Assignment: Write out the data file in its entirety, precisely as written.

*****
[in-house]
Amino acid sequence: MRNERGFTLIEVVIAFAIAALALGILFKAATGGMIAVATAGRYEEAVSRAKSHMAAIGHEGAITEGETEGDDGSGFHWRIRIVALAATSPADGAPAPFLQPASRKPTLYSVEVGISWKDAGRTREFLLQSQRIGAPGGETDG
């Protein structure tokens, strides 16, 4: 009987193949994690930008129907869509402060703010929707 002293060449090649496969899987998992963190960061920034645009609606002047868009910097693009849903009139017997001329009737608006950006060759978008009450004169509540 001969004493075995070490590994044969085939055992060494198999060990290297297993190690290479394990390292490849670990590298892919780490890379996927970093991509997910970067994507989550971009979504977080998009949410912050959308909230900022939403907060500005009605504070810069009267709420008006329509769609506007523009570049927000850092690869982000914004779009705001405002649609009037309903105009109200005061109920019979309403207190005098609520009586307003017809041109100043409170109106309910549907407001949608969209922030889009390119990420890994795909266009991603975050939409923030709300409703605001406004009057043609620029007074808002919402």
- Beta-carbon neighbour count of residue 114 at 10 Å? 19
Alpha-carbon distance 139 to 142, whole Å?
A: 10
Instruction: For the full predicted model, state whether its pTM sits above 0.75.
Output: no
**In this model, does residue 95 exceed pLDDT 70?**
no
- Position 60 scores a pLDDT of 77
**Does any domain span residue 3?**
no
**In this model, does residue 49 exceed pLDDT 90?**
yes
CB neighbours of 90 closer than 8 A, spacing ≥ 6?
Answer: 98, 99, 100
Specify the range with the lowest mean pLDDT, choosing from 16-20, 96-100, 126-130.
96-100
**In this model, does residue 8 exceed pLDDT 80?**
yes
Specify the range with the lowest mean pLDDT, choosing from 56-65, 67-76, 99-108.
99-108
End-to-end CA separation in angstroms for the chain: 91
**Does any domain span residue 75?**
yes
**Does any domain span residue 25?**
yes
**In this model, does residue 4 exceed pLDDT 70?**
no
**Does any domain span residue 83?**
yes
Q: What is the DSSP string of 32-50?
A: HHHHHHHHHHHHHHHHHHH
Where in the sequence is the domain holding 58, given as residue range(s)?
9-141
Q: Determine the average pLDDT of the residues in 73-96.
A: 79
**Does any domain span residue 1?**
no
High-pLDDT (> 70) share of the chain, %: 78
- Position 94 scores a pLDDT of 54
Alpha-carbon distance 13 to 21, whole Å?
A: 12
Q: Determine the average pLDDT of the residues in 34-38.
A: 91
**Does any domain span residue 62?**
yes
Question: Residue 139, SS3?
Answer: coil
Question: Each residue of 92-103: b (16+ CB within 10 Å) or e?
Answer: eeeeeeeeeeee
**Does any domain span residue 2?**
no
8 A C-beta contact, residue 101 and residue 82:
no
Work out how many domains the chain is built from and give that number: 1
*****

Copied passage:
[in-house]
Amino acid sequence: MRNERGFTLIEVVIAFAIAALALGILFKAATGGMIAVATAGRYEEAVSRAKSHMAAIGHEGAITEGETEGDDGSGFHWRIRIVALAATSPADGAPAPFLQPASRKPTLYSVEVGISWKDAGRTREFLLQSQRIGAPGGETDG
């Protein structure tokens, strides 16, 4: 009987193949994690930008129907869509402060703010929707 002293060449090649496969899987998992963190960061920034645009609606002047868009910097693009849903009139017997001329009737608006950006060759978008009450004169509540 001969004493075995070490590994044969085939055992060494198999060990290297297993190690290479394990390292490849670990590298892919780490890379996927970093991509997910970067994507989550971009979504977080998009949410912050959308909230900022939403907060500005009605504070810069009267709420008006329509769609506007523009570049927000850092690869982000914004779009705001405002649609009037309903105009109200005061109920019979309403207190005098609520009586307003017809041109100043409170109106309910549907407001949608969209922030889009390119990420890994795909266009991603975050939409923030709300409703605001406004009057043609620029007074808002919402």
- Beta-carbon neighbour count of residue 114 at 10 Å? 19
Alpha-carbon distance 139 to 142, whole Å?
A: 10
Instruction: For the full predicted model, state whether its pTM sits above 0.75.
Output: no
**In this model, does residue 95 exceed pLDDT 70?**
no
- Position 60 scores a pLDDT of 77
**Does any domain span residue 3?**
no
**In this model, does residue 49 exceed pLDDT 90?**
yes
CB neighbours of 90 closer than 8 A, spacing ≥ 6?
Answer: 98, 99, 100
Specify the range with the lowest mean pLDDT, choosing from 16-20, 96-100, 126-130.
96-100
**In this model, does residue 8 exceed pLDDT 80?**
yes
Specify the range with the lowest mean pLDDT, choosing from 56-65, 67-76, 99-108.
99-108
End-to-end CA separation in angstroms for the chain: 91
**Does any domain span residue 75?**
yes
**Does any domain span residue 25?**
yes
**In this model, does residue 4 exceed pLDDT 70?**
no
**Does any domain span residue 83?**
yes
Q: What is the DSSP string of 32-50?
A: HHHHHHHHHHHHHHHHHHH
Where in the sequence is the domain holding 58, given as residue range(s)?
9-141
Q: Determine the average pLDDT of the residues in 73-96.
A: 79
**Does any domain span residue 1?**
no
High-pLDDT (> 70) share of the chain, %: 78
- Position 94 scores a pLDDT of 54
Alpha-carbon distance 13 to 21, whole Å?
A: 12
Q: Determine the average pLDDT of the residues in 34-38.
A: 91
**Does any domain span residue 62?**
yes
Question: Residue 139, SS3?
Answer: coil
Question: Each residue of 92-103: b (16+ CB within 10 Å) or e?
Answer: eeeeeeeeeeee
**Does any domain span residue 2?**
no
8 A C-beta contact, residue 101 and residue 82:
no
Work out how many domains the chain is built from and give that number: 1